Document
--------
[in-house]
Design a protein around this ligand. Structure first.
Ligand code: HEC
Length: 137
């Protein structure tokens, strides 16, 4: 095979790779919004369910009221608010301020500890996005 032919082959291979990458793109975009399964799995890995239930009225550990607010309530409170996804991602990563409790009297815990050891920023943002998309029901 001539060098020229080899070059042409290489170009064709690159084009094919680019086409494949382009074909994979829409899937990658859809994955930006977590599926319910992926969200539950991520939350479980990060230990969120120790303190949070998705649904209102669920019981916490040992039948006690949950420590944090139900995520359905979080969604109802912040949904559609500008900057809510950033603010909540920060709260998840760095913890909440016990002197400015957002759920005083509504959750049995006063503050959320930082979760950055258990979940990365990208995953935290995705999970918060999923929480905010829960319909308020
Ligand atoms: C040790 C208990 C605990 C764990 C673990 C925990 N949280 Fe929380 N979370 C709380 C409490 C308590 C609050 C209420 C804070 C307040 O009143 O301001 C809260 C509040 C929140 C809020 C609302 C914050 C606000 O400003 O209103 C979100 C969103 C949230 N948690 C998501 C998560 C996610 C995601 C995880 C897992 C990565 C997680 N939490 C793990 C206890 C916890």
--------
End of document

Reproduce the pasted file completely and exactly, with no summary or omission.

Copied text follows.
[in-house]
Design a protein around this ligand. Structure first.
Ligand code: HEC
Length: 137
């Protein structure tokens, strides 16, 4: 095979790779919004369910009221608010301020500890996005 032919082959291979990458793109975009399964799995890995239930009225550990607010309530409170996804991602990563409790009297815990050891920023943002998309029901 001539060098020229080899070059042409290489170009064709690159084009094919680019086409494949382009074909994979829409899937990658859809994955930006977590599926319910992926969200539950991520939350479980990060230990969120120790303190949070998705649904209102669920019981916490040992039948006690949950420590944090139900995520359905979080969604109802912040949904559609500008900057809510950033603010909540920060709260998840760095913890909440016990002197400015957002759920005083509504959750049995006063503050959320930082979760950055258990979940990365990208995953935290995705999970918060999923929480905010829960319909308020
Ligand atoms: C040790 C208990 C605990 C764990 C673990 C925990 N949280 Fe929380 N979370 C709380 C409490 C308590 C609050 C209420 C804070 C307040 O009143 O301001 C809260 C509040 C929140 C809020 C609302 C914050 C606000 O400003 O209103 C979100 C969103 C949230 N948690 C998501 C998560 C996610 C995601 C995880 C897992 C990565 C997680 N939490 C793990 C206890 C916890």